HW3D Vice President & Queen Bee
I'm always curious about the people and inspiration behind the art, so the opportunity to ask Laurie questions and get to know the woman behind the CWRW magic was an exciting one to me.
HW3DLB - Does your artist name CWRW have special significance to you? Does it stand for something?
CWRW - LOL I get asked that a lot! Yes, actually cwrw is the Welsh word for beer (roughly pronounced koo-roo). My father’s family was originally from north-western Wales, near the legendary Snowdonia.
Growing up I was very influenced by my grandmother Olwen and her two sisters, Myfawnwy and Eluned; they were always telling me stories and legends of the old Celtic Wales and I was inspired and fascinated by them. I also was influenced by the Mary Stewart Arthur trilogy which came out when I was young. I always wanted to name one of my horses Emrys. I love the Welsh names even if I can’t pronounce most of them!
Several of my art pieces are a reflection of my great aunts’ Welsh/Celtic influences. For those who are nosy like me and like to look at and study the actual texture maps folks like me make, you will see my personal logo, which is the Welsh Dragon holding a beer.
HW3DLB - How did you discover the world of 3D? What do you like most about it?
CWRW - Back in the very old days of getting software catalogs in the mail, I saw the Bryce program and was fascinated by it but couldn’t justify the high price tag to use it for my design/illustration business, which was my then main day job.
I got Poser 2 many years ago in the interest of using it as a digital “artist’s mannequin” as I also do a lot of illustration professionally and people are not my strong point drawing-wise. When I lived in New York it was easy to hire a live model which is not so easy in the boonies of Colorado where I live now!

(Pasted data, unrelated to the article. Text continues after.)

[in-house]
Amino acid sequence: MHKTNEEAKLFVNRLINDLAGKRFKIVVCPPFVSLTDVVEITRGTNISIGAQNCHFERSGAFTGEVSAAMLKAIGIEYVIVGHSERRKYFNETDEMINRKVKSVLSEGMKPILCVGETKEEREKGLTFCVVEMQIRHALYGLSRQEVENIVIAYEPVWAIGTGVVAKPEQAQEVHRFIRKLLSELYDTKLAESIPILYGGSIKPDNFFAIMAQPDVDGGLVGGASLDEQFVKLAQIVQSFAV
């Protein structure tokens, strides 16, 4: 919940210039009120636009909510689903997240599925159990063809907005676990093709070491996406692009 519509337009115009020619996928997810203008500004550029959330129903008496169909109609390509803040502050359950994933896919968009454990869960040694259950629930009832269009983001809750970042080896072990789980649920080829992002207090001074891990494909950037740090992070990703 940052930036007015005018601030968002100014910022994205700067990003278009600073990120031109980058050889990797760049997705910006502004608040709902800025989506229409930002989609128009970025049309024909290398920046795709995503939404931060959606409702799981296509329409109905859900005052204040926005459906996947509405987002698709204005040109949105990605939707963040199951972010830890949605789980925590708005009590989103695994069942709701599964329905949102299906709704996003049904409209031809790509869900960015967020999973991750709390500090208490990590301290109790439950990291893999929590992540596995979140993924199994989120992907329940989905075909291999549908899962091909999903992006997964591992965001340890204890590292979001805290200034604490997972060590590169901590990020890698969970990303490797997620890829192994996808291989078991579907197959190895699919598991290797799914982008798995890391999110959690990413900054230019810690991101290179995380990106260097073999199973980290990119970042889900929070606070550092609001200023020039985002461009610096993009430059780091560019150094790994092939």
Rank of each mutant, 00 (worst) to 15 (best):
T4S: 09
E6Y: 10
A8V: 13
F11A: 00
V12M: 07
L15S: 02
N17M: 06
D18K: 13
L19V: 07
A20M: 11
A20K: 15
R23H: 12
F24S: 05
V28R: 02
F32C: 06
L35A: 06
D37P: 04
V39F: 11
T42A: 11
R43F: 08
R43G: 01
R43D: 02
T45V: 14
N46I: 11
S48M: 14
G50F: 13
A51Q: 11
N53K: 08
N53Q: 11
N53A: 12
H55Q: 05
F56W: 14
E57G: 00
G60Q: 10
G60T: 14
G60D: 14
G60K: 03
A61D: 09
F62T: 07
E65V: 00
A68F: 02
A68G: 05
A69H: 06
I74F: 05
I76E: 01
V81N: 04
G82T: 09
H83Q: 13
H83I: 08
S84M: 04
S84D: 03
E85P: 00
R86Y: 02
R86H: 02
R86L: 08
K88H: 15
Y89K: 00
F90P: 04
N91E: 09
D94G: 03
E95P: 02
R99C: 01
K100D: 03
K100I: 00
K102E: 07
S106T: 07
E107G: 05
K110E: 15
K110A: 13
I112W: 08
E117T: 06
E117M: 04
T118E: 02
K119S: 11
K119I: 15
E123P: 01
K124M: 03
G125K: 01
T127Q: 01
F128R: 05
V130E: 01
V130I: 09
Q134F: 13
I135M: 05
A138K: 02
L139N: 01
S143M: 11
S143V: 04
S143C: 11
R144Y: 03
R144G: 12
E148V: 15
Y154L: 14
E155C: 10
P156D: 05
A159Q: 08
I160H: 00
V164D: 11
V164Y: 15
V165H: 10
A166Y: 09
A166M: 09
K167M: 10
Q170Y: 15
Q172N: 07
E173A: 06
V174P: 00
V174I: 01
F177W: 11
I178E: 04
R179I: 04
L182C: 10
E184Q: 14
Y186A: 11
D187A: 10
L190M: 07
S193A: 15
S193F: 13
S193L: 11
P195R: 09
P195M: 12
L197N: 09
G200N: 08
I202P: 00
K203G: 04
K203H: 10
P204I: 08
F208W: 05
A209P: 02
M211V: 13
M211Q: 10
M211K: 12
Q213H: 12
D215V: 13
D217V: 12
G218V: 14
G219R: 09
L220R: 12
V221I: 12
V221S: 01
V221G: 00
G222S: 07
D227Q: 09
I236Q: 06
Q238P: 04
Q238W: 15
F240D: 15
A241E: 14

Shortly after coming back from a horseback riding adventure in Africa in 2004, I became curious about Bryce again. DAZ had just purchased Bryce from Corel and was offering it for a really low price. I said heck yes! I spent that summer messing around with Bryce 5 and then discovered the DAZ Millennium Horse, which was the first thing I bought after Bryce. About that time I upgraded from Poser 2 to Poser 5. So it began.
What I enjoy so much about digital and 3D art are the endless possibilities. There is a huge advantage of all digital art, in that one can play and experiment with no fear of “messing up”. I did a lot of watercolor when I was younger, and oh my, how many pieces got thrown out and started over and over again!
Top Cat Portrait: on Canson in colored pencil 1992
HW3DLB - You obviously have a passion for horses which comes across in your beautiful, soul-stirring artwork. Are horses a lifelong passion of yours? How did you come to know so much about horse anatomy and breeds?